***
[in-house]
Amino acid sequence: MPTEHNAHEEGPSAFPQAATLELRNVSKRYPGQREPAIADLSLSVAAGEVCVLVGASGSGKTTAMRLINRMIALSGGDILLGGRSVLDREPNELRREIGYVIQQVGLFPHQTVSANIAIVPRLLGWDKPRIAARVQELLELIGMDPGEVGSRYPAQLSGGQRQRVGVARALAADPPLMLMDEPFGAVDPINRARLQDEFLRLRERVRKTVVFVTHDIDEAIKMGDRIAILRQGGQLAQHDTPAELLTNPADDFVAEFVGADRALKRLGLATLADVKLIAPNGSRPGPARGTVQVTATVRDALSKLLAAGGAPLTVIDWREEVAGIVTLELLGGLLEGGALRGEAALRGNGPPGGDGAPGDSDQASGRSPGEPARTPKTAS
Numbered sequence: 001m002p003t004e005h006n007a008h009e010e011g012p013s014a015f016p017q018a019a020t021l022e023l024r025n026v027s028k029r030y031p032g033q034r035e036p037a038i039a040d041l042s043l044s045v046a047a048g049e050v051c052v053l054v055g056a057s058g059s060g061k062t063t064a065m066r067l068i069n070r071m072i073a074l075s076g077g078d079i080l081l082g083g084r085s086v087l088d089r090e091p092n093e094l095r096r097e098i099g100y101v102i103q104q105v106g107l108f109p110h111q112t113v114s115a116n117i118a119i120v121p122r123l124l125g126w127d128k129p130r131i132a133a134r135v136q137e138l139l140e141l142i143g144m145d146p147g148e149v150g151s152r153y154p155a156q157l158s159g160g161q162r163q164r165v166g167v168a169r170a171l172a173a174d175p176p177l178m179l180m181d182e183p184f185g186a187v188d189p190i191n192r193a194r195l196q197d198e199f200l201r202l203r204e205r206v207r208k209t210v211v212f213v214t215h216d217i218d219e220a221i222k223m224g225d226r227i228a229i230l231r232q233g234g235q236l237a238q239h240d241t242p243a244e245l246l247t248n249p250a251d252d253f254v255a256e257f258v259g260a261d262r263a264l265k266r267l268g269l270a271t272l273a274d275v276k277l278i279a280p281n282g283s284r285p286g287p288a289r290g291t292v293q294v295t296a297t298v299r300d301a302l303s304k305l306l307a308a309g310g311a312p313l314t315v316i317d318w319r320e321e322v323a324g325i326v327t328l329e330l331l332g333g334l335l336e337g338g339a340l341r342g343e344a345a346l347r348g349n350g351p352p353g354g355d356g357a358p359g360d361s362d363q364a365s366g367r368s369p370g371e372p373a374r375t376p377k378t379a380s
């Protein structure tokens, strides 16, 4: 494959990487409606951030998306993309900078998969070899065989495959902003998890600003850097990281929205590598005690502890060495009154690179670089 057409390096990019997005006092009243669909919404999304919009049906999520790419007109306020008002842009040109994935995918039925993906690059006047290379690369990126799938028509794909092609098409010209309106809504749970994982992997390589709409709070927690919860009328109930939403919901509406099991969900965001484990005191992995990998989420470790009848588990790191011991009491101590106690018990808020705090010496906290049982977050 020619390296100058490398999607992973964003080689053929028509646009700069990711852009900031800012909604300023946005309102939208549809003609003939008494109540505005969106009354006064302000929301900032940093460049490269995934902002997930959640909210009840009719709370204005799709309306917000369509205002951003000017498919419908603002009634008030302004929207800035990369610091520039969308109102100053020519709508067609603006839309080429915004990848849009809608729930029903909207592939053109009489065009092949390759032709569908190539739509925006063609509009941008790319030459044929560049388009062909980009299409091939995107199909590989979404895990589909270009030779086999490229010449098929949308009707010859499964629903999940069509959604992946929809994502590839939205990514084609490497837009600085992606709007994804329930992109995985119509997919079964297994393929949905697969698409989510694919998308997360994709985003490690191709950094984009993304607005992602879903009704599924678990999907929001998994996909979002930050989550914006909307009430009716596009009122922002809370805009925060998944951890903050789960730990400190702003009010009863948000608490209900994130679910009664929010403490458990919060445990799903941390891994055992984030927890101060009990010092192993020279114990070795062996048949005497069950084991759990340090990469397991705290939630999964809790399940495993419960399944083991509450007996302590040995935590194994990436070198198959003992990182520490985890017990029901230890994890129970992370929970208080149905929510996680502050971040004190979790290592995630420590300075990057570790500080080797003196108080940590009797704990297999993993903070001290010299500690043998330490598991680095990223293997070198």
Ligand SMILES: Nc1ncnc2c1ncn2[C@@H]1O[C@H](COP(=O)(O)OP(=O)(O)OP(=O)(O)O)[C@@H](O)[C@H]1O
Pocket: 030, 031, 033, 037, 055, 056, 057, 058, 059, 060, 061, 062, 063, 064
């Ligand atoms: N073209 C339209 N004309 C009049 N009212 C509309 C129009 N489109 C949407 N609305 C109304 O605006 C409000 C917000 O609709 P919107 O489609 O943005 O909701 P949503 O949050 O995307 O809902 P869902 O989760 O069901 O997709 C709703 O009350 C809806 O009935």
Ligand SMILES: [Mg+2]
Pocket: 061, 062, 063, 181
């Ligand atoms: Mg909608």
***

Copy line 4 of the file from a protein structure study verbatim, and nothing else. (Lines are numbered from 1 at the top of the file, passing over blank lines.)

């Protein structure tokens, strides 16, 4: 494959990487409606951030998306993309900078998969070899065989495959902003998890600003850097990281929205590598005690502890060495009154690179670089 057409390096990019997005006092009243669909919404999304919009049906999520790419007109306020008002842009040109994935995918039925993906690059006047290379690369990126799938028509794909092609098409010209309106809504749970994982992997390589709409709070927690919860009328109930939403919901509406099991969900965001484990005191992995990998989420470790009848588990790191011991009491101590106690018990808020705090010496906290049982977050 020619390296100058490398999607992973964003080689053929028509646009700069990711852009900031800012909604300023946005309102939208549809003609003939008494109540505005969106009354006064302000929301900032940093460049490269995934902002997930959640909210009840009719709370204005799709309306917000369509205002951003000017498919419908603002009634008030302004929207800035990369610091520039969308109102100053020519709508067609603006839309080429915004990848849009809608729930029903909207592939053109009489065009092949390759032709569908190539739509925006063609509009941008790319030459044929560049388009062909980009299409091939995107199909590989979404895990589909270009030779086999490229010449098929949308009707010859499964629903999940069509959604992946929809994502590839939205990514084609490497837009600085992606709007994804329930992109995985119509997919079964297994393929949905697969698409989510694919998308997360994709985003490690191709950094984009993304607005992602879903009704599924678990999907929001998994996909979002930050989550914006909307009430009716596009009122922002809370805009925060998944951890903050789960730990400190702003009010009863948000608490209900994130679910009664929010403490458990919060445990799903941390891994055992984030927890101060009990010092192993020279114990070795062996048949005497069950084991759990340090990469397991705290939630999964809790399940495993419960399944083991509450007996302590040995935590194994990436070198198959003992990182520490985890017990029901230890994890129970992370929970208080149905929510996680502050971040004190979790290592995630420590300075990057570790500080080797003196108080940590009797704990297999993993903070001290010299500690043998330490598991680095990223293997070198």